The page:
10-year series commemorates 500th anniversary
Mennonite World Conference news story
Mennonite Brethren were among the regional Anabaptists and leaders from around the world who gathered Feb. 12, 2017, in Augsburg, Germany for “Transformed by the Word: Reading Scripture in Anabaptist Perspectives,” the first in a 10-year series of events called “Renewal 2027” organized by Mennonite World Conference (MWC). Renewal 2027 commemorates the 500th anniversary of the Anabaptist-Mennonite tradition with appreciation and critical reflection on what is now a global movement within the larger body of Christ.
From their beginnings and based on their understanding of the Bible, Anabaptists emphasized a personal commitment to following Christ, baptism upon a free confession of faith, a collective approach to reading and interpreting Scripture, a commitment to reconciliation and love of enemy and a rejection of the state church, said Alfred Neufeld, a Mennonite Brethren leader from Paraguay who chairs the MWC Faith and Life Commission.
At the church tradition’s 500th anniversary, “What should be reconsidered or reformulated? Where are the gaps in our theology and practice?” Neufeld asked.
The full-day event was interspersed exhortations from representatives of the MWC family with singing from the Assembly 16 songbook and a participatory Bible study on reaching agreement on controversial subjects within the church, based on Acts 15:1–21.
Anabaptism is as needed as ever, said Valerie Rempel, professor at Fresno Pacific Biblical Seminary in Fresno, Calif., calling for “radical Bible reading in the spirit of the early Anabaptists… [and re-engagement] with God’s Word and with our own theological tradition to see how it can offer us wisdom for living as Christians in our world and for engaging in mission that invites all people.”
Makadunyiswe Ngulube of Zimbabwe said, “There is no segregation when it comes to the message of Christ, to those sharing it and to those receiving it.” Ngulube and the other YABs committee (Young AnaBaptists) speakers, reflected on Matthew 28:19 and highlighted personal responsibility to learn, go and share as followers of Christ. “We need a culture that emphasizes discipleship as a responsibility for every believer of Christ… [drawn from] our deep understanding and full experience of his power and grace,” said Ebenezer Mondez of the Philippines.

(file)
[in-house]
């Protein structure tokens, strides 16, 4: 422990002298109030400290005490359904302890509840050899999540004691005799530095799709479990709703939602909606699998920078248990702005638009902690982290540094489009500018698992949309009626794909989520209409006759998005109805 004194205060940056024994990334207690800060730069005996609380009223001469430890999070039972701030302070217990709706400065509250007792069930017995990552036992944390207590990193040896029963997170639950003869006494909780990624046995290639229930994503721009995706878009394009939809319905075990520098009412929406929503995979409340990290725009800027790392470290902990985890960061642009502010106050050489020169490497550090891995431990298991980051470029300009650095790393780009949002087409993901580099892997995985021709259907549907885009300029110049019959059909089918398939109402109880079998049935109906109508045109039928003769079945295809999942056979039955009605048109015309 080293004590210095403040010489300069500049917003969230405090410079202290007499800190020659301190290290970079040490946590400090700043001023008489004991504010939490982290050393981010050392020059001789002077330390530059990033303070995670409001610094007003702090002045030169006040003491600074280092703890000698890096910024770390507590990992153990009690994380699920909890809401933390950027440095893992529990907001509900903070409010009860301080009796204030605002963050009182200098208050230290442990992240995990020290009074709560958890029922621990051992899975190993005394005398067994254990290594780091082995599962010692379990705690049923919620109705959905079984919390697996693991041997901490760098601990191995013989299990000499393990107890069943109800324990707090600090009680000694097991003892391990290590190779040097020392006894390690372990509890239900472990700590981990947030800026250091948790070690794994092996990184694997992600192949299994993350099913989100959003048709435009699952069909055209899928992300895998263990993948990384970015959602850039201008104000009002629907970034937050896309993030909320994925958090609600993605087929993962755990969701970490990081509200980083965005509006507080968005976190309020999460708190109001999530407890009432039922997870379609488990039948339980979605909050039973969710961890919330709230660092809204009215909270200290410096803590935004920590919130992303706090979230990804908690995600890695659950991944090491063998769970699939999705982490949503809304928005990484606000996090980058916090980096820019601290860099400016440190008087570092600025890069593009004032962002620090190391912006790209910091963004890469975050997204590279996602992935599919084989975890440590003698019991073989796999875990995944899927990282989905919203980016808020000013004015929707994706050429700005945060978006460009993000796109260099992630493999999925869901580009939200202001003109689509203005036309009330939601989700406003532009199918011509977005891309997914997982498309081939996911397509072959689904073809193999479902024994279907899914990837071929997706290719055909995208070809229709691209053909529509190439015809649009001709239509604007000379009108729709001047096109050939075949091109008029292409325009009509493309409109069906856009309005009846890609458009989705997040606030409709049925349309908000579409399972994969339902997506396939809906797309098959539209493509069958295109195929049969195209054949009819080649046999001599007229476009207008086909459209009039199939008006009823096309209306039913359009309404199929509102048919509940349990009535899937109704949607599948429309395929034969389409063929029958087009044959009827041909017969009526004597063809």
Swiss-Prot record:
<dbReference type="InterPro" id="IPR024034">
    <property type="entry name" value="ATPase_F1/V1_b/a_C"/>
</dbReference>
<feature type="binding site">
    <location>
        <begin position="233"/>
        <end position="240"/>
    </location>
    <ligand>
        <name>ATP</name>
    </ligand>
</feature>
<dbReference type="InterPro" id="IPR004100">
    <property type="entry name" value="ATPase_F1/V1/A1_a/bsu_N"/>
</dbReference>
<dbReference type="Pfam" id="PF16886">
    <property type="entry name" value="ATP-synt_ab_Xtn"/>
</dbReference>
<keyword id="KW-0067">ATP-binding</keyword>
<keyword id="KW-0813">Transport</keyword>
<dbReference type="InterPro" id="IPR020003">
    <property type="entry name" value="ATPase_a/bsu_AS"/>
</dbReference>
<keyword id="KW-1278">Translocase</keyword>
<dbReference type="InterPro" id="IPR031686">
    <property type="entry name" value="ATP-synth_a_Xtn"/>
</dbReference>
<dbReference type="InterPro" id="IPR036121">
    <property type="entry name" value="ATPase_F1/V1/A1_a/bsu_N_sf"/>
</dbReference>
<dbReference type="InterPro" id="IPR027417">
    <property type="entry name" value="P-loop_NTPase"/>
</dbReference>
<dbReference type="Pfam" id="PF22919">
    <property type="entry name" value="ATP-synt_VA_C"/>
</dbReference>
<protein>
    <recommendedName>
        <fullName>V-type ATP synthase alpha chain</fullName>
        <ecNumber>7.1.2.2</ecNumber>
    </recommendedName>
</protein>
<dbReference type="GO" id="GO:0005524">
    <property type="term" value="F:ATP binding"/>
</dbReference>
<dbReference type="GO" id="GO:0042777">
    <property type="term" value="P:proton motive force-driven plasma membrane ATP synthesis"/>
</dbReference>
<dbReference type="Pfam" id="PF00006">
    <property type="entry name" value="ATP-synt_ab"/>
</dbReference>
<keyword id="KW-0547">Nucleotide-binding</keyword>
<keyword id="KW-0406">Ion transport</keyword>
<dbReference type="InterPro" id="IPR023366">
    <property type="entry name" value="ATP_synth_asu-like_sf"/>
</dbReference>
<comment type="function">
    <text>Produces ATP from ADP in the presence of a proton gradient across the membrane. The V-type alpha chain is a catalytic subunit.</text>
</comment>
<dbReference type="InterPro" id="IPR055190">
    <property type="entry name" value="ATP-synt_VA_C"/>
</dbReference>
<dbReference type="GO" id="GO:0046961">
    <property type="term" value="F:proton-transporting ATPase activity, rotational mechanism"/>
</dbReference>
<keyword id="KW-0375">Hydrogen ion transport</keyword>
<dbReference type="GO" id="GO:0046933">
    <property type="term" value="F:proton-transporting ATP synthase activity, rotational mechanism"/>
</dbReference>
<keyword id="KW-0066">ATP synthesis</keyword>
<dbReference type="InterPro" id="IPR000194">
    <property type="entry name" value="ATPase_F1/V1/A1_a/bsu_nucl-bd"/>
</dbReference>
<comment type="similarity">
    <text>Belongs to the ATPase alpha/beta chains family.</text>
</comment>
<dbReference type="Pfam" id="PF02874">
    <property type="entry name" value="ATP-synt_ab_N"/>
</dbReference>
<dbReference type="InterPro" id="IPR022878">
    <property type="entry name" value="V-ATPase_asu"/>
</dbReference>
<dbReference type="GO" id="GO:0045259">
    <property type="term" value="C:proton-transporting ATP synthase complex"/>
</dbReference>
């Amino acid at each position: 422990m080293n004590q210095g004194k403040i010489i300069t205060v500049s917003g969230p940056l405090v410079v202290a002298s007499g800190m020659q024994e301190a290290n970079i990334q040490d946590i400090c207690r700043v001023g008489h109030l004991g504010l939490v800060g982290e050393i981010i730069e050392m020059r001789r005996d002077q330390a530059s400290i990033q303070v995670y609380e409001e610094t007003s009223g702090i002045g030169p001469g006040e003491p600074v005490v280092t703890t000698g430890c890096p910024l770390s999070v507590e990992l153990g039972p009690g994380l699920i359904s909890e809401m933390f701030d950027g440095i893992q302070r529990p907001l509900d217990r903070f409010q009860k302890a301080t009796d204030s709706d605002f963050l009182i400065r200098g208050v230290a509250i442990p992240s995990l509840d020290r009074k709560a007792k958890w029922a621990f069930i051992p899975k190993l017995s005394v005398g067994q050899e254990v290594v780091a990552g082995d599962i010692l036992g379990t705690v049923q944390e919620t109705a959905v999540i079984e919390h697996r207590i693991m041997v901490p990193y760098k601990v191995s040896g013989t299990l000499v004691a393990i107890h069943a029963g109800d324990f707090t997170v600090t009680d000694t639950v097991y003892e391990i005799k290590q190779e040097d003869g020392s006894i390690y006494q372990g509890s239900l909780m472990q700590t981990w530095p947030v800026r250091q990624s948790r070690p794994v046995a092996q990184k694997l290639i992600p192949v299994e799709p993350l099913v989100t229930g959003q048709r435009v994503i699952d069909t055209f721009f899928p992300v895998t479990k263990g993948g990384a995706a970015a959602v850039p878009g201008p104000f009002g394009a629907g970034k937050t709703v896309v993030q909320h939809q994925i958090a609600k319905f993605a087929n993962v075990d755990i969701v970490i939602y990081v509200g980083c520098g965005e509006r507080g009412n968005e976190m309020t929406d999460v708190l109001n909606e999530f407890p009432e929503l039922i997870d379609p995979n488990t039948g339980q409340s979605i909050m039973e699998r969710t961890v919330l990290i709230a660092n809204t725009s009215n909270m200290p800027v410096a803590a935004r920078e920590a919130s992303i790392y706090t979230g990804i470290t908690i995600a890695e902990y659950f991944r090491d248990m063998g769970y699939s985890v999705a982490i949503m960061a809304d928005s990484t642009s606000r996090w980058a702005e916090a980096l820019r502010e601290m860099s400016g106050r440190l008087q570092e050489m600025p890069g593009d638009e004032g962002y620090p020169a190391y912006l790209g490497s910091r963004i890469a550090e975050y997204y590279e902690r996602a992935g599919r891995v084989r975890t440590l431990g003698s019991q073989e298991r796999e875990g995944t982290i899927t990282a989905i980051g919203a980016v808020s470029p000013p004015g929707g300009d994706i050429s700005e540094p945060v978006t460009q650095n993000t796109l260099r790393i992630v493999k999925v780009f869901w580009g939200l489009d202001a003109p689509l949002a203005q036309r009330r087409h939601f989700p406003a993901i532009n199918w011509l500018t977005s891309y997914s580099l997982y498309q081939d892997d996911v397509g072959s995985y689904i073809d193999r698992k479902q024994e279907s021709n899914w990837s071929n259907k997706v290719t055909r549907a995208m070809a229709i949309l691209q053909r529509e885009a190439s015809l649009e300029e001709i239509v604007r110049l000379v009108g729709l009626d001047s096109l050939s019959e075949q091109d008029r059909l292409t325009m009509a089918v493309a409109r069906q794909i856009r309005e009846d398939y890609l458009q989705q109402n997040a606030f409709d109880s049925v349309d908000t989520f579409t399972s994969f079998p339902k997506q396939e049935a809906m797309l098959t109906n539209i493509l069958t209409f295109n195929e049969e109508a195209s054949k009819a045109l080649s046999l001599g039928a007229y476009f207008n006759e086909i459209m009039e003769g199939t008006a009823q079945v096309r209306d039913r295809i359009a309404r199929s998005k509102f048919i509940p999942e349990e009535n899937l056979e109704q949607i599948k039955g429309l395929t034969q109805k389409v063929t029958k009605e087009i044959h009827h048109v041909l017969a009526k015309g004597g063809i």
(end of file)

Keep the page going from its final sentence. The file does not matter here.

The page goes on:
Ecumenical guests spoke about reading Scripture across confessions. Renewal can come when we read the Bible as individuals, but it is even more powerful when read Scripture together, said Lutheran Friederike Nuessel of Germany. Nuessel and Roman Catholic Monsignor Augusto-Castro of Colombia were representatives in the just-completed Trilateral dialogue between Mennonites, Catholics and Lutherans.
Worship, fellowship, witness and service in the Anabaptist tradition turn reading Scripture into a living faith, said YABs mentor Tigist Gelagle of Ethiopia. “The way of the cross is the basic teaching that inspires me about the future of the church,” said Gelagle. The truth that inspired early Anabaptists to martyrdom is the key for following Jesus today: “The suffering of Christ is the central theme of the gospel.”
Event participant Doris Hege, chairperson of the Arbeitsgemeinschaft Mennonitischer Gemeiden, was reminded Scripture is a living word. “We need to read it as if for the first time in our current context,” she said. “What new things can God speak to us?”